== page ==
South Korea, China, Japan and the Philippines have banned pork imports from Germany
With the emergence of African swine fever (ASF) in Europe’s largest pork-producing country, will U.S. pork producers see more export opportunities?
It may be too soon to tell, according to Nick Giordano, National Pork Producers Council (NPPC) vice president and counsel, global government affairs, and Neil Dierks, NPPC CEO.
Germany recently announced that it had confirmed the country’s first case of ASF and, soon after, four countries – South Korea, China, Japan and the Philippines – announced that they would suspend German pork imports as a result.
“This will take time to play out because of consultations between governments,” Dierks said. “Generally, these kinds of things have been positive to us; at the same time, it really outlines … the focused need of protecting our borders and, with that, our hog herd.”
Giordano said that, while the U.S. is the top global pork exporter, it still faces challenges in some regions.
“The U.S. is the No. 1 exporter of pork in the world, but we still have some punitive tariffs on our exports to China. So, we are shipping a lot there; there is a possibility to ship more,” he said. “Typically, when we get market access – when tariffs or non-tariff barriers drop or there’s an unanticipated event like this that may create some more demand – we typically benefit, history shows. How much, I can’t say for sure.”
According to the U.S. Department of Agriculture, in 2019, the values of U.S. pork and pork products exported to Japan, South Korea and the Philippines were down from 2018, but exports to China saw an increase of 128%, at a value of US$1.3 billion. Exports to Japan were down 7% at US$1.523 billion, exports to South Korea were down 12% at US$593 million, and exports to the Philippines were down 20% at US$93 million. The Swiss Federal Statistics Office reported that German pork exports to China more than doubled in the first half of 2020, before its first cases of ASF emerged.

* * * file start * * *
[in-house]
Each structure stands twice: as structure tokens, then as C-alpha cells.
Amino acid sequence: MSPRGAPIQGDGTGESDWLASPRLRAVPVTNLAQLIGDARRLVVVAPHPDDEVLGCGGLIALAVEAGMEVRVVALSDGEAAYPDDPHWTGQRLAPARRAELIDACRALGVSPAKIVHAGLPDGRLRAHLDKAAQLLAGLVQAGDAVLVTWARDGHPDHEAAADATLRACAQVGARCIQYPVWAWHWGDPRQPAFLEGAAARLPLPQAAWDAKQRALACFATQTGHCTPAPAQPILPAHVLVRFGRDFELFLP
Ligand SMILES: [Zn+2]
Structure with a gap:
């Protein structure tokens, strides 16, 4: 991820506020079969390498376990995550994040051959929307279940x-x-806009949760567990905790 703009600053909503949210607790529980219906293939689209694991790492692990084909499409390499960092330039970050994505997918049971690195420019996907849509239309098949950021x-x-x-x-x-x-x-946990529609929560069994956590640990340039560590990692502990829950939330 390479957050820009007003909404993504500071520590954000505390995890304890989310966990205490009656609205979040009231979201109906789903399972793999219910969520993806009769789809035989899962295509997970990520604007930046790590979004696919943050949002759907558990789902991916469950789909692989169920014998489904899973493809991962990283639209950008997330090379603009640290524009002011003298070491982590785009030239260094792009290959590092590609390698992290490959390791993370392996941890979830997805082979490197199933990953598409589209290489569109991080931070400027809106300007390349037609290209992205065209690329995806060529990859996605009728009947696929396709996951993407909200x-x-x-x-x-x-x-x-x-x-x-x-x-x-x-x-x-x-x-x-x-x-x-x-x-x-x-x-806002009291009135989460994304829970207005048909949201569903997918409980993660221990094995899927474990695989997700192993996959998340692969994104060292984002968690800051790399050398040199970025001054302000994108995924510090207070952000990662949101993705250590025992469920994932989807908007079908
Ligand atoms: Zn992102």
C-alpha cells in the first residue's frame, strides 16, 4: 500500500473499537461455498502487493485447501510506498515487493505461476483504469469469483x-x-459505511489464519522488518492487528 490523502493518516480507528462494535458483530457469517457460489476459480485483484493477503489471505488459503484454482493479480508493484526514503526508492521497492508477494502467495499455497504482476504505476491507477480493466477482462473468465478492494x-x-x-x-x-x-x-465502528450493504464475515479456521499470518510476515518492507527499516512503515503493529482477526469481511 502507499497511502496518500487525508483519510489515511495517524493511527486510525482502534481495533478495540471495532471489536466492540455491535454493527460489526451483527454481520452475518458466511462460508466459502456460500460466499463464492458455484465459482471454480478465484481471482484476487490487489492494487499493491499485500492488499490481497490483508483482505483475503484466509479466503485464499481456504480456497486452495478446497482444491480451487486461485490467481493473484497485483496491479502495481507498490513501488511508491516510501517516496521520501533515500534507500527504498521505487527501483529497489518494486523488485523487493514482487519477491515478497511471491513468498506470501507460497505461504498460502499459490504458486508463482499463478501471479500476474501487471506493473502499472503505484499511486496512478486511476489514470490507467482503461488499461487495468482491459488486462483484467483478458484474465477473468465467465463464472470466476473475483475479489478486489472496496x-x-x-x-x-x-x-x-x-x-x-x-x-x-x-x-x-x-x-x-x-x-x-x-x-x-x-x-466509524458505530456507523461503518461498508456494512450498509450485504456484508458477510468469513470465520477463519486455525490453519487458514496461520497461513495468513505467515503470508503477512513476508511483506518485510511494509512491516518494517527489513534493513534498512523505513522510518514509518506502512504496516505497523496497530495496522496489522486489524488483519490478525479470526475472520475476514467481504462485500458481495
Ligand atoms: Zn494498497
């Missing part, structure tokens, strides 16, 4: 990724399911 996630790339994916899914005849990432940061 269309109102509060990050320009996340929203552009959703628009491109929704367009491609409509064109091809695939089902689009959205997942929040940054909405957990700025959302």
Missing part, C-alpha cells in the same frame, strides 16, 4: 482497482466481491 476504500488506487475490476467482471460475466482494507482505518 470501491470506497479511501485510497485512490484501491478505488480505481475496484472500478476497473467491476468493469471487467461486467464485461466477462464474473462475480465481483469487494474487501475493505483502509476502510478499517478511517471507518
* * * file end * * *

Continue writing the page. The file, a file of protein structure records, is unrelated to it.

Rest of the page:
New opportunity in Taiwan?
Taiwan’s Council of Agriculture recently said it would remove restrictions on the use of ractopamine in imported pork and has issued draft regulation establishing a maximum residue limit (MRL).
Giordano said this is a “positive” development, pointing to evidence of the safety of ractopamine and what he said is its relatively low usage in the U.S. The drug is approved for use in swine and beef in the U.S., but its use is banned in China and the European Union.
“We appreciate what Taiwan did. We know that this has been an emotional issue there on pork and beef, but it’s taken 15 years,” he said. “I hope I’m wrong, but we don’t think this is going to significantly move the needle there.”
View our continuing coverage of the African swine fever outbreak.